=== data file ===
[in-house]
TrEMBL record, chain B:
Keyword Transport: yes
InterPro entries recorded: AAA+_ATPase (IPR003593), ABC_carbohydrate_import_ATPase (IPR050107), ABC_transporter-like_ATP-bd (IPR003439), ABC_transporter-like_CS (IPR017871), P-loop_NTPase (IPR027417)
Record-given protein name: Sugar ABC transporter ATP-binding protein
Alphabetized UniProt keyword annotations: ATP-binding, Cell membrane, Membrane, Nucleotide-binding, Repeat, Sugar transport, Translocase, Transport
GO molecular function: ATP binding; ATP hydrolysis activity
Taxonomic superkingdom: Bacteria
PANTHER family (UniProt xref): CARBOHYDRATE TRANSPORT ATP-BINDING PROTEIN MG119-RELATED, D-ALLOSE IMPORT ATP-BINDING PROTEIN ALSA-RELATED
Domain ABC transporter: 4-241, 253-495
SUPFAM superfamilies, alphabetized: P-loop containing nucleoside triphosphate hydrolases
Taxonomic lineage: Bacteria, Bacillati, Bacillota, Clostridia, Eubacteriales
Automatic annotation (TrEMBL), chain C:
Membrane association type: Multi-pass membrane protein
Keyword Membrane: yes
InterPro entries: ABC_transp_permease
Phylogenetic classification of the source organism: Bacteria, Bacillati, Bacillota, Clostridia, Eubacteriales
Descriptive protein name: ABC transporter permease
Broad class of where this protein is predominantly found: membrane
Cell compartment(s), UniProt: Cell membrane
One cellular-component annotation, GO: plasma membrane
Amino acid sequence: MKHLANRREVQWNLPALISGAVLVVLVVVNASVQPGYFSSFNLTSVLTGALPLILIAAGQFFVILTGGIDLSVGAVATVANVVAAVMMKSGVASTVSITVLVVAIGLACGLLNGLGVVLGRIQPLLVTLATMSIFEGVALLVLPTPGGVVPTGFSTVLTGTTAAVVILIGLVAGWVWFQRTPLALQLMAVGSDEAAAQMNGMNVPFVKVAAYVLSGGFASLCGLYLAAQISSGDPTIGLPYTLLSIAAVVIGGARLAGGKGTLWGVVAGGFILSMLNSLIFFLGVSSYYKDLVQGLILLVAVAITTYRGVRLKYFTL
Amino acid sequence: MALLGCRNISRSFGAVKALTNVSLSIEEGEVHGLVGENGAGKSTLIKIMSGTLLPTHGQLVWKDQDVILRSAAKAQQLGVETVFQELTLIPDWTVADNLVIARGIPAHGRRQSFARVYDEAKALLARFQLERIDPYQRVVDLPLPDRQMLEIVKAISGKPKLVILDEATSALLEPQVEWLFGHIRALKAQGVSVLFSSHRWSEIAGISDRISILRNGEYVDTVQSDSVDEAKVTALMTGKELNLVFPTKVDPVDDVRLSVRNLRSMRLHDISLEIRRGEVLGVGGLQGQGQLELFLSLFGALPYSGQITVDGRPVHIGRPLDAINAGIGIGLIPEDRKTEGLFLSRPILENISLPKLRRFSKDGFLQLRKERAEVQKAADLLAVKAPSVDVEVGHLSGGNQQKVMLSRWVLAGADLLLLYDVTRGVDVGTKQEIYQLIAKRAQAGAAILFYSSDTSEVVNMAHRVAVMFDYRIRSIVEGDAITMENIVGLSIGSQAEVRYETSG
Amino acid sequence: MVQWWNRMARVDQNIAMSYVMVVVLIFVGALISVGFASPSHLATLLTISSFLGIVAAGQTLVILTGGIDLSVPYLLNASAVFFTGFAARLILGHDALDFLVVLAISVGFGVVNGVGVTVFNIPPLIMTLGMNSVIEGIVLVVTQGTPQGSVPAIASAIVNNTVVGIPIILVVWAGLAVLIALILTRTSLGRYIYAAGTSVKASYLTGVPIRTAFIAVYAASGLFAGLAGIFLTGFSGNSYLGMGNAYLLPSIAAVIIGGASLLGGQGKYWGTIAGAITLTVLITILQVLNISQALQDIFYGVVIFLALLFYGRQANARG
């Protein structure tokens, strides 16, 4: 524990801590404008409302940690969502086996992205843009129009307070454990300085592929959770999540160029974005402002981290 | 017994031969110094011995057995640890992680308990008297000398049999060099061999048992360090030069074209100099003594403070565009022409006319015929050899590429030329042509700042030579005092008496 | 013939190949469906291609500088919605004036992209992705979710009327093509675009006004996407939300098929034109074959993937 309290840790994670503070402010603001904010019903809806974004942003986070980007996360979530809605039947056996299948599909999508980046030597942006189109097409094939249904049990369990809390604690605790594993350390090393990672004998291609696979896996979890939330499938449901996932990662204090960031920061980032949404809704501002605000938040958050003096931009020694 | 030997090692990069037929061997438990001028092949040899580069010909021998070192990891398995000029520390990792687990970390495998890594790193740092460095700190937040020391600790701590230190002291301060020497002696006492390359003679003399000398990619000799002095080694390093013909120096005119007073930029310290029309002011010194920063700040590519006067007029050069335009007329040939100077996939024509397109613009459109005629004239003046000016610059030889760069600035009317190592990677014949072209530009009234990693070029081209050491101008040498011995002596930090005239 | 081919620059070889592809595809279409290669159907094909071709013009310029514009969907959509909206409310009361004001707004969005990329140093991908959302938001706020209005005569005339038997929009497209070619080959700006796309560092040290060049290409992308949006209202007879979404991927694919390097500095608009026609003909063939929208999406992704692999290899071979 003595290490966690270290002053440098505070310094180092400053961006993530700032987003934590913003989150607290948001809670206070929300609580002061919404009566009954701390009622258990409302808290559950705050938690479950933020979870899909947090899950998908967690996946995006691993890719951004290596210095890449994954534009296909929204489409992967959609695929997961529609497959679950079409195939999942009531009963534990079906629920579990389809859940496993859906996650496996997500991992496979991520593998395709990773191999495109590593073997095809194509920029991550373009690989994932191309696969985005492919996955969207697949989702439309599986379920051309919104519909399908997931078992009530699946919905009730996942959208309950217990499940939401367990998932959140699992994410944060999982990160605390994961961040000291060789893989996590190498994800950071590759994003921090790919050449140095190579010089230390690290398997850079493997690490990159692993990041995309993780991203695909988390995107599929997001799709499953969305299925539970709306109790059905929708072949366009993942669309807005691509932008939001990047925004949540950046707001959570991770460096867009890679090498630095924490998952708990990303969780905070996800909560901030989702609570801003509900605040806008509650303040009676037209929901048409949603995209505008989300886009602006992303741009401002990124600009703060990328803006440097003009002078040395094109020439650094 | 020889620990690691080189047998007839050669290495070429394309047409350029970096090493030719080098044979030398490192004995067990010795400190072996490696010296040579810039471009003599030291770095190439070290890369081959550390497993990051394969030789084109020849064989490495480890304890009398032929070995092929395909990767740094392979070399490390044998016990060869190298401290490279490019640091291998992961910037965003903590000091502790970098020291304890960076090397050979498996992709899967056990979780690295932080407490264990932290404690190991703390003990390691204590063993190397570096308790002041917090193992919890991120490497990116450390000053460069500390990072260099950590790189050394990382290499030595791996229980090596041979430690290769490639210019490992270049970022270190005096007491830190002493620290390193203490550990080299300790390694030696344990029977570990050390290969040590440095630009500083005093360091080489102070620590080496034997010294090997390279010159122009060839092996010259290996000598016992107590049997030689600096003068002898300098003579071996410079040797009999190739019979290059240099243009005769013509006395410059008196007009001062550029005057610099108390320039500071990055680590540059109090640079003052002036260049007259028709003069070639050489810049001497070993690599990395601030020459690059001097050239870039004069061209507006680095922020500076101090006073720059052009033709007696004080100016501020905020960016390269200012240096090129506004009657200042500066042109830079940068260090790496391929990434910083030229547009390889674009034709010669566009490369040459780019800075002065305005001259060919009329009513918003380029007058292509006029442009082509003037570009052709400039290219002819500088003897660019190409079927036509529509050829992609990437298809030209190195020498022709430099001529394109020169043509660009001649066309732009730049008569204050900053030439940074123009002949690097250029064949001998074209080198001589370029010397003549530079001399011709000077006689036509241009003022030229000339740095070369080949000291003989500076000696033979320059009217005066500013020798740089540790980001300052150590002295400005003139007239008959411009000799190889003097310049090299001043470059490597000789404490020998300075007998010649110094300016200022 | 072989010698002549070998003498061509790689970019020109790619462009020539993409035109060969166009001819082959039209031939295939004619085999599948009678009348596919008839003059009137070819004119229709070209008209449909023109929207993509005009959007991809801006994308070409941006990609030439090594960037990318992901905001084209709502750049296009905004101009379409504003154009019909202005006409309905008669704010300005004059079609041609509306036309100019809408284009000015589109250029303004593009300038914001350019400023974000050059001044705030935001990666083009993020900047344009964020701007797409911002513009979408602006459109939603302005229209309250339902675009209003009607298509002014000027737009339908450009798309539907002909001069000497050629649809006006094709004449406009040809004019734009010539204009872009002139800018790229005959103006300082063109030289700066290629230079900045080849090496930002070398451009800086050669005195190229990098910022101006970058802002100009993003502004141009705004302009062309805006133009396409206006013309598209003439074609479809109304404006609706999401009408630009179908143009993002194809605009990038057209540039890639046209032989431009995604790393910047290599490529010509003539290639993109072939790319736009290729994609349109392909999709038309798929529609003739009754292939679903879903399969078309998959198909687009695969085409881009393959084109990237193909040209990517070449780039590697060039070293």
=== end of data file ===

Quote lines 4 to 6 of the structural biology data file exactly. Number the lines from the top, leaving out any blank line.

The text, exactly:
InterPro entries recorded: AAA+_ATPase (IPR003593), ABC_carbohydrate_import_ATPase (IPR050107), ABC_transporter-like_ATP-bd (IPR003439), ABC_transporter-like_CS (IPR017871), P-loop_NTPase (IPR027417)
Record-given protein name: Sugar ABC transporter ATP-binding protein
Alphabetized UniProt keyword annotations: ATP-binding, Cell membrane, Membrane, Nucleotide-binding, Repeat, Sugar transport, Translocase, Transport